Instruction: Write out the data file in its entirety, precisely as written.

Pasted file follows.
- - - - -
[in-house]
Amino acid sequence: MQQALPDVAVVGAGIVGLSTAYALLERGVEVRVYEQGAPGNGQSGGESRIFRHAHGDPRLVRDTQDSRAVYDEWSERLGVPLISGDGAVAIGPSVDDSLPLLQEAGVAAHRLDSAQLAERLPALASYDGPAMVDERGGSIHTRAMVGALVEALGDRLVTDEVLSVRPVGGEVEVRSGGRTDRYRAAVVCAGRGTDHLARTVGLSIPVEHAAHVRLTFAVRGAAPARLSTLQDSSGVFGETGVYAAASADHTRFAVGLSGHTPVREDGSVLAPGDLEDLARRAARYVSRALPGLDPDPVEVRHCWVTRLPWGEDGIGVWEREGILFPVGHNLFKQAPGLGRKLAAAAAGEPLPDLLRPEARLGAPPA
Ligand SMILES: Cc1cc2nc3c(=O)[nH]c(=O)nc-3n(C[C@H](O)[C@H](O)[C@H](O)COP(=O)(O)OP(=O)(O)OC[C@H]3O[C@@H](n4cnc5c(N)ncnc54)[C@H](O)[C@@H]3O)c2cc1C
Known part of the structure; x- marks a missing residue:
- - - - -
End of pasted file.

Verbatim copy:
[in-house]
Amino acid sequence: MQQALPDVAVVGAGIVGLSTAYALLERGVEVRVYEQGAPGNGQSGGESRIFRHAHGDPRLVRDTQDSRAVYDEWSERLGVPLISGDGAVAIGPSVDDSLPLLQEAGVAAHRLDSAQLAERLPALASYDGPAMVDERGGSIHTRAMVGALVEALGDRLVTDEVLSVRPVGGEVEVRSGGRTDRYRAAVVCAGRGTDHLARTVGLSIPVEHAAHVRLTFAVRGAAPARLSTLQDSSGVFGETGVYAAASADHTRFAVGLSGHTPVREDGSVLAPGDLEDLARRAARYVSRALPGLDPDPVEVRHCWVTRLPWGEDGIGVWEREGILFPVGHNLFKQAPGLGRKLAAAAAGEPLPDLLRPEARLGAPPA
Ligand SMILES: Cc1cc2nc3c(=O)[nH]c(=O)nc-3n(C[C@H](O)[C@H](O)[C@H](O)COP(=O)(O)OP(=O)(O)OC[C@H]3O[C@@H](n4cnc5c(N)ncnc54)[C@H](O)[C@@H]3O)c2cc1C
Known part of the structure; x- marks a missing residue: